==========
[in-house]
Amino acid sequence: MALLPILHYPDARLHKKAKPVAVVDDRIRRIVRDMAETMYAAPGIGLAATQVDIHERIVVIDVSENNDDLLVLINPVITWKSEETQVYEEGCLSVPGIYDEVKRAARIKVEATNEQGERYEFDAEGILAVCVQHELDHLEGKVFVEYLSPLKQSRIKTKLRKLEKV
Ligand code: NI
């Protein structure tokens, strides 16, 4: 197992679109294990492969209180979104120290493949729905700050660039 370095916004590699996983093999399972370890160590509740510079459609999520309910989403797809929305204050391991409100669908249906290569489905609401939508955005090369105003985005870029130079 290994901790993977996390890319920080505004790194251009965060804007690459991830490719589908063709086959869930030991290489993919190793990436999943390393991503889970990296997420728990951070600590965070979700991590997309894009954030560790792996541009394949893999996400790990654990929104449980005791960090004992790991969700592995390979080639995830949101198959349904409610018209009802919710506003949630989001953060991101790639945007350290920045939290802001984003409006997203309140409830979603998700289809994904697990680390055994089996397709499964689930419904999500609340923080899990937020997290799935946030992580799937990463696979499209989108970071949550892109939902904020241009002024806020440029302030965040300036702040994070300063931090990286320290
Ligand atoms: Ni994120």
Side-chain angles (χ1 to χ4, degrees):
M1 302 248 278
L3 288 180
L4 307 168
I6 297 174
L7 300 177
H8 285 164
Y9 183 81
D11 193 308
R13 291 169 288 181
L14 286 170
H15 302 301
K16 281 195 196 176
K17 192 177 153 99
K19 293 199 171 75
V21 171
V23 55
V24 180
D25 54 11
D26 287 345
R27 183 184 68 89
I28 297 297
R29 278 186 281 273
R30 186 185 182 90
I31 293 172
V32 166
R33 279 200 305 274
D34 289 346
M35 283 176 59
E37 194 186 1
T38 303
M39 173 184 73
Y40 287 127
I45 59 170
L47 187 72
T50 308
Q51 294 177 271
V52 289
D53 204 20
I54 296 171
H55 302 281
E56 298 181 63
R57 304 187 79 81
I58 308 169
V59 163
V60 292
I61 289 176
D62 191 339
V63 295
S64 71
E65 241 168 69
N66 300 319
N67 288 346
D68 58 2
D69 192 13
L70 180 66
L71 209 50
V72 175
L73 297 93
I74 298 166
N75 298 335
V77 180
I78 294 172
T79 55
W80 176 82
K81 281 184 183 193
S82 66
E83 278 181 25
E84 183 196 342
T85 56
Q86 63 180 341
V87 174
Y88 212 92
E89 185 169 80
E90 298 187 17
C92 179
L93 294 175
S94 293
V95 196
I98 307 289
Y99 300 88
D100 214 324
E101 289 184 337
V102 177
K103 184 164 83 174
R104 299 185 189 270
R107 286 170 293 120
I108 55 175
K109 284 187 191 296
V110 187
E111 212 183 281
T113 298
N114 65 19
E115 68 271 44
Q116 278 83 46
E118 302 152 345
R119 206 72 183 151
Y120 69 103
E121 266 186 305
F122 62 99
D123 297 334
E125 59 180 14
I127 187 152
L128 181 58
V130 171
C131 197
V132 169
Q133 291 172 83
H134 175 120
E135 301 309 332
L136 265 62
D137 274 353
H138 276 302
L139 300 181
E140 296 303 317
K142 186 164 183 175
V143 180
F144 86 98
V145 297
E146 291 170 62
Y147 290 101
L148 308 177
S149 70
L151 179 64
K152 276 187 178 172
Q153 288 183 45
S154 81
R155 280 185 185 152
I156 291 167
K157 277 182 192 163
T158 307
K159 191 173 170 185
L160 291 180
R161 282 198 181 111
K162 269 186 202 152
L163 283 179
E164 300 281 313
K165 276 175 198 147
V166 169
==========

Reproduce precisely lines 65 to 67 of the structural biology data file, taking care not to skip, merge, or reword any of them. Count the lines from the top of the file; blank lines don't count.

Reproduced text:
I74 298 166
N75 298 335
V77 180